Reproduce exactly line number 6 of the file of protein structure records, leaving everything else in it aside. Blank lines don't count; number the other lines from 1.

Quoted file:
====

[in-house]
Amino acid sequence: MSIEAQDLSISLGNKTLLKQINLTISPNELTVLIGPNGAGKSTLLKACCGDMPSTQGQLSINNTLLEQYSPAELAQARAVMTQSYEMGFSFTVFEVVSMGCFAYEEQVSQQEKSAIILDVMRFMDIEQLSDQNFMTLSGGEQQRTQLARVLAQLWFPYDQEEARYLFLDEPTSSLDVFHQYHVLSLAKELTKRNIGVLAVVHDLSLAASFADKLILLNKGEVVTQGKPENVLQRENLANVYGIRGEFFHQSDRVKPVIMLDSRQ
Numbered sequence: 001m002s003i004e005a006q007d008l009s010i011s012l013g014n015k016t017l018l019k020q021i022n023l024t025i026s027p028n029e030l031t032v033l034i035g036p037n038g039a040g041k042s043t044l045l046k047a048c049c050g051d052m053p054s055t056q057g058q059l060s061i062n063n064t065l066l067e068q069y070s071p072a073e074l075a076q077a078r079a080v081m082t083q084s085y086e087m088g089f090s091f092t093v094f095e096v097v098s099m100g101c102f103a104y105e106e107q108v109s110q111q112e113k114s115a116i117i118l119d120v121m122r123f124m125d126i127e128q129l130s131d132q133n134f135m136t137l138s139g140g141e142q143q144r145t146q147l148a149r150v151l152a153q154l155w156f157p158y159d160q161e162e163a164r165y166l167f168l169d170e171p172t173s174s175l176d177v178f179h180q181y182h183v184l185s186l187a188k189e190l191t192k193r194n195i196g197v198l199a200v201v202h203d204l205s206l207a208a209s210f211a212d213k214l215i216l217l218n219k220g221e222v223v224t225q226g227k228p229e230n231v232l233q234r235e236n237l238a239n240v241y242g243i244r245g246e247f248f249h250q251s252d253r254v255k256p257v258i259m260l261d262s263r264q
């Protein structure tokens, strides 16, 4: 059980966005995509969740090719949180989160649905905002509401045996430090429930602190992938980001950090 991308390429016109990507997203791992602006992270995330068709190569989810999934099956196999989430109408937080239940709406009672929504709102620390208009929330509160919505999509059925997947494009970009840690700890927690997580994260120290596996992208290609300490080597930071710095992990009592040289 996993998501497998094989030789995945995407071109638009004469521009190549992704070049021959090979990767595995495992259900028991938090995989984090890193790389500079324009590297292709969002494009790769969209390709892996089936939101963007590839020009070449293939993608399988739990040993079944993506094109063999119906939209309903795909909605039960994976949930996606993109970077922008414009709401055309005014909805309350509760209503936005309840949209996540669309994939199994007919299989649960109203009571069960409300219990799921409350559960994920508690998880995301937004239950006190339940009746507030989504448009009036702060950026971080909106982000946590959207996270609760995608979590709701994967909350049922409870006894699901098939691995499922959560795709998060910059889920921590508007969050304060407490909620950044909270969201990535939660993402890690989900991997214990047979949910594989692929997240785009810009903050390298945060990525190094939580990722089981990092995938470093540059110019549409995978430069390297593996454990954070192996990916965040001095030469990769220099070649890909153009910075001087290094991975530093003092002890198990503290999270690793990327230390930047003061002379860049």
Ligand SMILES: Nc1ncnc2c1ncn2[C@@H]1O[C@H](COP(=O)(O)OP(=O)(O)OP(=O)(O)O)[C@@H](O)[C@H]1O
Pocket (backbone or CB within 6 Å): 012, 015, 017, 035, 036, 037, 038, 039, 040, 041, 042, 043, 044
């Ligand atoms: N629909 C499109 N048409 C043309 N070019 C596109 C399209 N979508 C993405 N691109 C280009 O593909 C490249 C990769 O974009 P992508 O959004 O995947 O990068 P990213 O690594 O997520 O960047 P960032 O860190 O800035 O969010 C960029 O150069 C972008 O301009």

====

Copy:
Pocket (backbone or CB within 6 Å): 012, 015, 017, 035, 036, 037, 038, 039, 040, 041, 042, 043, 044